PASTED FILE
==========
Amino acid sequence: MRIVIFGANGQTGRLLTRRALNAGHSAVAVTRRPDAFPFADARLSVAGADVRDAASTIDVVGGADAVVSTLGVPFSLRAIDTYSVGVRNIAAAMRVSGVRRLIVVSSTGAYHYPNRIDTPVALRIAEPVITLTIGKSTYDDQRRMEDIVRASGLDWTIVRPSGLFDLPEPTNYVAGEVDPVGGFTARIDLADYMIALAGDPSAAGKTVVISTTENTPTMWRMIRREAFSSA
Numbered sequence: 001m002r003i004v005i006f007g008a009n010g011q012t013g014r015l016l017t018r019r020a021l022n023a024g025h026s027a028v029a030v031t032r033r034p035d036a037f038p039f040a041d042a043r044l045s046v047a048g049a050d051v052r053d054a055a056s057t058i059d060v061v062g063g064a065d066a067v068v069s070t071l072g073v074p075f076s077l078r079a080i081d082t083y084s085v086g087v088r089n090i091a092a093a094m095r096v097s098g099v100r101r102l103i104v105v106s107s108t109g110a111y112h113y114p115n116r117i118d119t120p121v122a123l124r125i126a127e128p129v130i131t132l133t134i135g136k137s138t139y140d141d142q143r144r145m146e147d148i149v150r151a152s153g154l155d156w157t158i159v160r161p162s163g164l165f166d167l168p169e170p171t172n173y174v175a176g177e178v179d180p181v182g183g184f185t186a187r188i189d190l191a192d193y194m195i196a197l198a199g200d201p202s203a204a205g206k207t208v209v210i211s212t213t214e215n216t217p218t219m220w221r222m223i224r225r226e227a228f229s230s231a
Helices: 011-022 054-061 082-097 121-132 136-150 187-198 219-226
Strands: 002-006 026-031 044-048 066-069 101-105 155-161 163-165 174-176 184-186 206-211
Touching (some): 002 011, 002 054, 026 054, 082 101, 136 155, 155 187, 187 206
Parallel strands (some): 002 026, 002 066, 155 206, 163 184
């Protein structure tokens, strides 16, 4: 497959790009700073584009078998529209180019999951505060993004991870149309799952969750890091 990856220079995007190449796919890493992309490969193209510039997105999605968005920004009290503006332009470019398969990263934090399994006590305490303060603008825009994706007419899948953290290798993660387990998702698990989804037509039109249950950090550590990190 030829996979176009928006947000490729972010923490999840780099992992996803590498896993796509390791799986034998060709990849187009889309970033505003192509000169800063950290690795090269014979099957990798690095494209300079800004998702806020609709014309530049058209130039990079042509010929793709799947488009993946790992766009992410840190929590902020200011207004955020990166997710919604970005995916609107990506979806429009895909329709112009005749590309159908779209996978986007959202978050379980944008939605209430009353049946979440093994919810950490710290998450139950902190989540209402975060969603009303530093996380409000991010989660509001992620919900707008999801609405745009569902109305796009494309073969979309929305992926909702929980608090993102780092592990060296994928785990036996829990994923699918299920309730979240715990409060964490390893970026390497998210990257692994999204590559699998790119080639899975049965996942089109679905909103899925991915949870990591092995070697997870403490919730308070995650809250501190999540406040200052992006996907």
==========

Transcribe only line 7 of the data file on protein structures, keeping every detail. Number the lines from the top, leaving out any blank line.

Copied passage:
């Protein structure tokens, strides 16, 4: 497959790009700073584009078998529209180019999951505060993004991870149309799952969750890091 990856220079995007190449796919890493992309490969193209510039997105999605968005920004009290503006332009470019398969990263934090399994006590305490303060603008825009994706007419899948953290290798993660387990998702698990989804037509039109249950950090550590990190 030829996979176009928006947000490729972010923490999840780099992992996803590498896993796509390791799986034998060709990849187009889309970033505003192509000169800063950290690795090269014979099957990798690095494209300079800004998702806020609709014309530049058209130039990079042509010929793709799947488009993946790992766009992410840190929590902020200011207004955020990166997710919604970005995916609107990506979806429009895909329709112009005749590309159908779209996978986007959202978050379980944008939605209430009353049946979440093994919810950490710290998450139950902190989540209402975060969603009303530093996380409000991010989660509001992620919900707008999801609405745009569902109305796009494309073969979309929305992926909702929980608090993102780092592990060296994928785990036996829990994923699918299920309730979240715990409060964490390893970026390497998210990257692994999204590559699998790119080639899975049965996942089109679905909103899925991915949870990591092995070697997870403490919730308070995650809250501190999540406040200052992006996907």